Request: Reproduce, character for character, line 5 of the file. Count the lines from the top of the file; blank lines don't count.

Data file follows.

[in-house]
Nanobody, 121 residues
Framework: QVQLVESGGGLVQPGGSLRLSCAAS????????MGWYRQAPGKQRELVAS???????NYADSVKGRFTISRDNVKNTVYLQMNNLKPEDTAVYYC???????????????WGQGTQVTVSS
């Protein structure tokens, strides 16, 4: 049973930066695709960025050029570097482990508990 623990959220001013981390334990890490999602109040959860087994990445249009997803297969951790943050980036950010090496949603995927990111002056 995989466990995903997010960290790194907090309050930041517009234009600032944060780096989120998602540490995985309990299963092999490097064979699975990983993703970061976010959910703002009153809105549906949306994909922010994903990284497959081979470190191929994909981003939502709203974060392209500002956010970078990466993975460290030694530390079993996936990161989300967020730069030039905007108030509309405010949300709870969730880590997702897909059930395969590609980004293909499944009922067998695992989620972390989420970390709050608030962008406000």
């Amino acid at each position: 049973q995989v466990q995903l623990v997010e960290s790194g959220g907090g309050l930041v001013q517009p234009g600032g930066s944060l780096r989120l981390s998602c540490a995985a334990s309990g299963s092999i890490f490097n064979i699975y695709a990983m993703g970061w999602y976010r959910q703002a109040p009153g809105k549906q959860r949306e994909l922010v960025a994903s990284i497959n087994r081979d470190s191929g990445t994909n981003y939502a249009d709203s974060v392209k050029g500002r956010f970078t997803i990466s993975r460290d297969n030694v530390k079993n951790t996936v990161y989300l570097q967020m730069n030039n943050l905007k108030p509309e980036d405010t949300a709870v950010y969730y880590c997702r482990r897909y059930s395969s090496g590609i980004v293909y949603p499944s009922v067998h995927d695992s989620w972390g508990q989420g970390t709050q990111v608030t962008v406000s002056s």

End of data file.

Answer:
């Amino acid at each position: 049973q995989v466990q995903l623990v997010e960290s790194g959220g907090g309050l930041v001013q517009p234009g600032g930066s944060l780096r989120l981390s998602c540490a995985a334990s309990g299963s092999i890490f490097n064979i699975y695709a990983m993703g970061w999602y976010r959910q703002a109040p009153g809105k549906q959860r949306e994909l922010v960025a994903s990284i497959n087994r081979d470190s191929g990445t994909n981003y939502a249009d709203s974060v392209k050029g500002r956010f970078t997803i990466s993975r460290d297969n030694v530390k079993n951790t996936v990161y989300l570097q967020m730069n030039n943050l905007k108030p509309e980036d405010t949300a709870v950010y969730y880590c997702r482990r897909y059930s395969s090496g590609i980004v293909y949603p499944s009922v067998h995927d695992s989620w972390g508990q989420g970390t709050q990111v608030t962008v406000s002056s």